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The Nets Big 3 is dead ... and so are the Nets

How the Nets took a Big 3 dream and turned it into a decade-long nightmare.

2021 NBA Playoffs - Brooklyn Nets v Boston Celtics Photo by Nathaniel S. Butler/NBAE via Getty Images

Crack open that 40 and pour one out, because the Nets’ big-three dream is officially dead. Okay, well, it died last year when James Harden wanted out and Brooklyn had to accept Ben Simmons in a horrific deal that never panned out — but the death knell really came overnight when Kevin Durant was traded to the Phoenix Suns less than a week after Kyrie Irving was dealt to Dallas.

This was a legendary failure. A two-plus year experiment which resulted in two first round playoff losses, and a third where the Nets made it to the conference semis before getting dispatched. It’s not just a factor of Brooklyn’s inability to win a championship, but everything they gave up to reach this ineptitude, and what they walked away with as a result.

You’re really not prepared to see what they gave up and got in totality — because I wasn’t.

What it took to get Kevin Durant

D’Angelo Russell, Shabazz Napier and Treveon Graham in a sign-and-trade deal with Golden State which also got the Nets a protected 2020 1st round draft pick.

Durant signs a 4-year, $194,219,320 deal.

What it took to get Kyrie Irving

The Nets didn’t need to trade anything for Irving, singing him in free agency to a 4-year, $132,490,600 deal.

What it took to get James Harden

This was unquestionably the most convoluted and expensive part of the Nets assembling their big three. It was a multi-team deal, so here we go.

Nets send Jarrett Allen and Taurean Green to Cleveland. Caris LaVert, Rodions Kurucs, three 1st round picks (2022, 2024, 2026), and four 1st round pick swaps (2021, 2023, 2025, 2027) to the Rockets.

Brooklyn gets James Harden and a 2020 2nd round pick.

So let’s look back on everything they gave up to reach this point...

  • D’Angelo Russell, who’s been a solid starter
  • Shabazz Napier, a mid-level role player
  • Jarrett Allen, who turned into an All-Star last year in Cleveland
  • Caris LaVert, who has been a valuable role player
  • Taurean Prince, who has been a mid-level role player
  • Tari Eason (from the 2022 draft) who is a developing rookie
  • Two more 1st round picks to come
  • Three more potential pick swaps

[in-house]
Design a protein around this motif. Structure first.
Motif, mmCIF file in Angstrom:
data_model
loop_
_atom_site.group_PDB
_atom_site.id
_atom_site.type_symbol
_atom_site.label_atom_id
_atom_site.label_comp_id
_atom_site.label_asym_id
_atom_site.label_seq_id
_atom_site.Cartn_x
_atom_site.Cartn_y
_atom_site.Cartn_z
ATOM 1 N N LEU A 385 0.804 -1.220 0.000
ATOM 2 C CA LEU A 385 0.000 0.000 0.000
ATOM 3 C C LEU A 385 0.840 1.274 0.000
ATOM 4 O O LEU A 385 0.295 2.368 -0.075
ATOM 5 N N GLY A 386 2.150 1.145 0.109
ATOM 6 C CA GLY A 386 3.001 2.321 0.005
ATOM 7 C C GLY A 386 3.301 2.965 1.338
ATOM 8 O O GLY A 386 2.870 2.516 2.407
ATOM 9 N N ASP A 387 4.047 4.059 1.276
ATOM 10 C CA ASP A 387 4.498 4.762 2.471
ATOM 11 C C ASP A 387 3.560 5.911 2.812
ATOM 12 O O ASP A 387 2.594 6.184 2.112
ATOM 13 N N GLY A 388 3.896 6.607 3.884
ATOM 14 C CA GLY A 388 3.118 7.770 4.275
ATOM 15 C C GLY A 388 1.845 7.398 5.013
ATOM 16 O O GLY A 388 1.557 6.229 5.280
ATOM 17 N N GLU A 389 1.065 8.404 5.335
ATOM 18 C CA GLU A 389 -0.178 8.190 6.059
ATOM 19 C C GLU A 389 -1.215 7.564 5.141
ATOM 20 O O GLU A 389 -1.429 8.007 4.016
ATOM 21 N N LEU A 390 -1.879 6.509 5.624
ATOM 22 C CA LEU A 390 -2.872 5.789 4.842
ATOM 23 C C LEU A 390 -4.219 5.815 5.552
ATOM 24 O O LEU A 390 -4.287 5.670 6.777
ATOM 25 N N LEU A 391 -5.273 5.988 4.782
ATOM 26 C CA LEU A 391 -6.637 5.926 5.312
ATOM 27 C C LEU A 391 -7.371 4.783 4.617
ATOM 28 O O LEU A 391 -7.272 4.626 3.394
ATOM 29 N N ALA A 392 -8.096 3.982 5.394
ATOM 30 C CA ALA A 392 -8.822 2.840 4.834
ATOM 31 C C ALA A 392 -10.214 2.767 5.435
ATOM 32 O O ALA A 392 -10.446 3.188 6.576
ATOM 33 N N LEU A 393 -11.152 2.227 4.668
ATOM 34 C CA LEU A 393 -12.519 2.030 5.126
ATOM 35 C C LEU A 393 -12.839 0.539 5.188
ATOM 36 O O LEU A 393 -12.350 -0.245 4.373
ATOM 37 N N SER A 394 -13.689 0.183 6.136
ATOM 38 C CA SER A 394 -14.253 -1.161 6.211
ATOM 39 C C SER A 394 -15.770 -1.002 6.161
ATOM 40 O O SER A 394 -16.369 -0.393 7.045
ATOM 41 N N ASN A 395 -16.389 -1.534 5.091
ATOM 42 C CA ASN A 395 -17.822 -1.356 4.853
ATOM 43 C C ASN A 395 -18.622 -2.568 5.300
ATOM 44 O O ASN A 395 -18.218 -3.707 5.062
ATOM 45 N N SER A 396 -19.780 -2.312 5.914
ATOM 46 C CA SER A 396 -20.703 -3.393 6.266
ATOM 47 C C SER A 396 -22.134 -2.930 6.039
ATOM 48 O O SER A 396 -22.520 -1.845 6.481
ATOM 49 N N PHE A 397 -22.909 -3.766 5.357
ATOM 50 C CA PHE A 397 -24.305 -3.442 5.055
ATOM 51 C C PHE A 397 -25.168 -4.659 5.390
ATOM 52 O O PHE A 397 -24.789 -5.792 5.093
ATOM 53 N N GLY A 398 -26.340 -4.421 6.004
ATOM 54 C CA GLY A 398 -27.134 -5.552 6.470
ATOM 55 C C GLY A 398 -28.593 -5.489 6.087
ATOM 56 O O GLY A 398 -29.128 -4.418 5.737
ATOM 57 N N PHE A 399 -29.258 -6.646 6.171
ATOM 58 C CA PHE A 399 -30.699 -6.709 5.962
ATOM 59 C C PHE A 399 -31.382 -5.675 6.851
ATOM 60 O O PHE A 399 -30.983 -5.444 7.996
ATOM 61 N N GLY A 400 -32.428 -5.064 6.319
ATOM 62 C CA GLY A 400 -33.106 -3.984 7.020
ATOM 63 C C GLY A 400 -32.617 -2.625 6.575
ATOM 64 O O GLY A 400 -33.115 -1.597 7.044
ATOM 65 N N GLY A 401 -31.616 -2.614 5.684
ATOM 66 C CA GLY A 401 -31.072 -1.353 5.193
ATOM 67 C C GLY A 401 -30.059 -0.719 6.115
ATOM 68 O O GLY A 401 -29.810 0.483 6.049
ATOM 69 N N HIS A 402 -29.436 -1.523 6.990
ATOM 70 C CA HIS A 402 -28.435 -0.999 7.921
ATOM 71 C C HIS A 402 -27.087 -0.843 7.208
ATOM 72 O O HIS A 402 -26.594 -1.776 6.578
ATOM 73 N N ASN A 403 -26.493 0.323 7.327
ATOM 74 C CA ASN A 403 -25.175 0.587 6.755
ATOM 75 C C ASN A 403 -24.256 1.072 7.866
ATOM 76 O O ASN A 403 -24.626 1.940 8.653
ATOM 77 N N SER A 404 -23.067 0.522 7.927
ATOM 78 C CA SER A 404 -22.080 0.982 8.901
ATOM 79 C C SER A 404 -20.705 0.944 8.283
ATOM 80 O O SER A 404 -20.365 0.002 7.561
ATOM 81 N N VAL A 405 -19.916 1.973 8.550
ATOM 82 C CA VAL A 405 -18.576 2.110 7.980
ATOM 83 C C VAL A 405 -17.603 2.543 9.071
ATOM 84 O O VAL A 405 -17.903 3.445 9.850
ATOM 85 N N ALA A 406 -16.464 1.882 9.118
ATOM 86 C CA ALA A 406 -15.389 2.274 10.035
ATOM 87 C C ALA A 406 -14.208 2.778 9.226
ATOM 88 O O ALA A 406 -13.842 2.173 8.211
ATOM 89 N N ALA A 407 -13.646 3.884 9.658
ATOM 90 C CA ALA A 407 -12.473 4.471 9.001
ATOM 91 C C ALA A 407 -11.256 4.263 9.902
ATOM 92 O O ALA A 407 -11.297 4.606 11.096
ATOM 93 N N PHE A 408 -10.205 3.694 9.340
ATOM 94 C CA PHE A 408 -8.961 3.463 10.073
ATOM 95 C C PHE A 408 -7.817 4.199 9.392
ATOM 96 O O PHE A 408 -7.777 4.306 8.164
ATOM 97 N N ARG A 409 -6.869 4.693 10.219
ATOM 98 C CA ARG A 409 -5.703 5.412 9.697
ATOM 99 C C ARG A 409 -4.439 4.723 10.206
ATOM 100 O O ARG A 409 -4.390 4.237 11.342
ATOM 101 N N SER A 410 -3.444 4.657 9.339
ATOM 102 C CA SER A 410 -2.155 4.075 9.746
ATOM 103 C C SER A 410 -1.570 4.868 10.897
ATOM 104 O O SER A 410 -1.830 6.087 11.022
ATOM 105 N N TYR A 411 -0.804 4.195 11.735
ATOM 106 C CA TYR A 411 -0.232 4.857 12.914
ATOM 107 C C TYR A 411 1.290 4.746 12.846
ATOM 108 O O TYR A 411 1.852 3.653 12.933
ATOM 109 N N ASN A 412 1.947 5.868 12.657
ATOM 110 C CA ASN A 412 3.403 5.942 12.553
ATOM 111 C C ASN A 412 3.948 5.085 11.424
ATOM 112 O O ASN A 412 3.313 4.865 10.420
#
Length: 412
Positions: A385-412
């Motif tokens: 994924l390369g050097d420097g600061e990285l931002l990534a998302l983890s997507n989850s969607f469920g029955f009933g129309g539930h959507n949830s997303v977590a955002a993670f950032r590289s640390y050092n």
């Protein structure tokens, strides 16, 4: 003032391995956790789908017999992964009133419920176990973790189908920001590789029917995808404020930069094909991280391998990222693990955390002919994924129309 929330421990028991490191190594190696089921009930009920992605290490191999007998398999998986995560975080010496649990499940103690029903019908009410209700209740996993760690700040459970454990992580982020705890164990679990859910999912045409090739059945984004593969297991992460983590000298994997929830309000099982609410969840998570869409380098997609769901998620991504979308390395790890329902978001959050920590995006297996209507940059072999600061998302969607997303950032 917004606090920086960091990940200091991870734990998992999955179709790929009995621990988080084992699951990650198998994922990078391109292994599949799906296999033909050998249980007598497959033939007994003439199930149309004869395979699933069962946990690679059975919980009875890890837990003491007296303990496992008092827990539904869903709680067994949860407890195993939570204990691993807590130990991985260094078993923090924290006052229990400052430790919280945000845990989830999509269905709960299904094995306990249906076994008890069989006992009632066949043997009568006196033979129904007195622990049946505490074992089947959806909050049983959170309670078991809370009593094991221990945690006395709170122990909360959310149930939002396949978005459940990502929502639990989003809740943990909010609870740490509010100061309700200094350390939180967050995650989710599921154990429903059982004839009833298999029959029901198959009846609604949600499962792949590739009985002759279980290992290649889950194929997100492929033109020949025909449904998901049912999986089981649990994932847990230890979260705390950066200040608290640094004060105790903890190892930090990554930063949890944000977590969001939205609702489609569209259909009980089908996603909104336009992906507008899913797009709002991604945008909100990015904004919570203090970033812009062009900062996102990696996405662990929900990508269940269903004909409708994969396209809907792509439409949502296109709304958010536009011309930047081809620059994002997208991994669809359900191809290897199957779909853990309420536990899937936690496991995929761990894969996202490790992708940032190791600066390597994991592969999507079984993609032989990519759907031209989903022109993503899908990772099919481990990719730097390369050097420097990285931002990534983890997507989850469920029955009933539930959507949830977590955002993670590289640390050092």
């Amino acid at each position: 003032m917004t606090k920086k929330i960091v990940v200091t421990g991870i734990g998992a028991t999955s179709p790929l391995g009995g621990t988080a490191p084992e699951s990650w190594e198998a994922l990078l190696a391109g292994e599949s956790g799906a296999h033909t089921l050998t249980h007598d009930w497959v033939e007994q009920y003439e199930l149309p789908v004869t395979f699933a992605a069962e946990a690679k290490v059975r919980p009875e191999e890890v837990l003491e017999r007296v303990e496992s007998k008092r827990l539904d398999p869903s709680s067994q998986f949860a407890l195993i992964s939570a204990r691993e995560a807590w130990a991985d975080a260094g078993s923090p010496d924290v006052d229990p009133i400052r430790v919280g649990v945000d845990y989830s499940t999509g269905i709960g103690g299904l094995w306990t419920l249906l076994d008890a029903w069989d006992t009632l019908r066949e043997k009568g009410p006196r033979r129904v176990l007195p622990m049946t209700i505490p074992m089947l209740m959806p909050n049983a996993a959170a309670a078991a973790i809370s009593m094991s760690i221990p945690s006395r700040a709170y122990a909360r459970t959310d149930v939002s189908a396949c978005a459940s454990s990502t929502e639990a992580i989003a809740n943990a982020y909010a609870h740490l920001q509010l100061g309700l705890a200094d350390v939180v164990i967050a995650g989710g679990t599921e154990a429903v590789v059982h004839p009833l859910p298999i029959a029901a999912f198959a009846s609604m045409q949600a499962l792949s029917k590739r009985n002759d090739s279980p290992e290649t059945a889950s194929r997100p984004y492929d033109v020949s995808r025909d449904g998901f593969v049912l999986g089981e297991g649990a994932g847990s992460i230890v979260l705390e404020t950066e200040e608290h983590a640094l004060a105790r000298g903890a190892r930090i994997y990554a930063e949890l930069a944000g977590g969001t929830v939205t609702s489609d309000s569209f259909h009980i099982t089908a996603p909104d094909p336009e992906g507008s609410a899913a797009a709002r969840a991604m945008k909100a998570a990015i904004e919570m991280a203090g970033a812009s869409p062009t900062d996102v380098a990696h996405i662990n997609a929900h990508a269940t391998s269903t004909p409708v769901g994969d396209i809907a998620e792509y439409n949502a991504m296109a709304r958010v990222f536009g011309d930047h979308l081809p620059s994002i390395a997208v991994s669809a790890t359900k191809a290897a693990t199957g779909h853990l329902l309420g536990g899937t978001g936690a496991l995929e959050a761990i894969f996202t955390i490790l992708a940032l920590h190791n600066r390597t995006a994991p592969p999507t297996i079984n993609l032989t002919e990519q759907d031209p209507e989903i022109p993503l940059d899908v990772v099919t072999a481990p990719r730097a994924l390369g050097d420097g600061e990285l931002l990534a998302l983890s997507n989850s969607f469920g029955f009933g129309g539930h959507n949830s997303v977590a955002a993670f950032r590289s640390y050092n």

Now we get to the trades that sent away the big three

Kevin Durant was recovering from injury during the 2019-20 season, but the Nets managed to have moderate success. However, it was Harden who wanted off the ride first in 2021-22.

The James Harden trade

In February of 2022 the Nets traded James Harden and Paul Millsap to the 76ers for:

  • Ben Simmons
  • Seth Curry
  • Andre Drummond
  • 2022 1st round pick (deferred to 2023)
  • 2027 1st round pick (Top 8 protected)

The Kyrie Irving trade

Last week Irving demanded a trade before the deadline and was dealt to the Dallas Mavericks along with Markieff Morris. The Nets got in return:

  • Spencer Dinwiddie
  • Dorian-Finney Smith
  • 2029 1st round pick (unprotected)
  • 2027 and 2029 2nd round pick

The Kevin Durant trade

With the big three now decimated, Durant wanted out. In the early hours of February 9th he was traded to the Phoenix Suns along with T.J. Warren for:

  • Mikal Bridges
  • Cam Johnson
  • Jae Crowder
  • Four 1st round picks
  • 2028 pick swap

The dust now settled, here’s everything that went in to assembling and breaking apart the big three

I know this is exhausting, but here we go.

In totality the Nets gave up:

  • D’Angelo Russell
  • Shabazz Napier
  • Jarrett Allen
  • Caris LaVert
  • Taurean Prince
  • Three 1st round picks
  • Four 1st round pick swaps

And ended up with ...

  • Ben Simmons
  • Seth Curry
  • Mikal Bridges
  • Spencer Dinwiddie
  • Dorian Finney-Smith
  • Cam Johnson
  • Jae Crowder
  • Five 1st round picks
  • A 2028 pick swap
  • Two 2nd round picks

You might look at this and think it’s really not that bad, but this total deal is pretty dicey. Brooklyn didn’t end up with a single All-Star, despite trading away three of the best players in the NBA. Yes, technically you could say Ben Simmons is, but at this point it doesn’t look like he’ll ever return to form.

To be fair, Brooklyn did do a good job to re-acquire draft capital, but they still have to give up picks to come — and with how much this team will likely struggle, they’ll be giving away lottery picks in exchange for picks in the 20s. The team got back a lot of good role players, but that’s it. Unless this team is able to sign a star free agent they will be irrelevant for the rest of the decade.

This experiment went wrong for so many reasons. It was a transparently foolish attempt to sell the teams soul to win a championship with three players and bad depth, and it blew up as soon as any of the stars were injured or missed games. Three teams got drastically better at Brooklyn’s expense, and they got a lot worse.

The situation now isn’t completely dire — but it’s definitely ugly. Hopefully this failed chapter will team the team to stop chasing a championship with desperate moves, and instead build a complete team while hoping their picks can blossom into stars.

Whether or not the organization is patient enough to execute on this remains to be seen.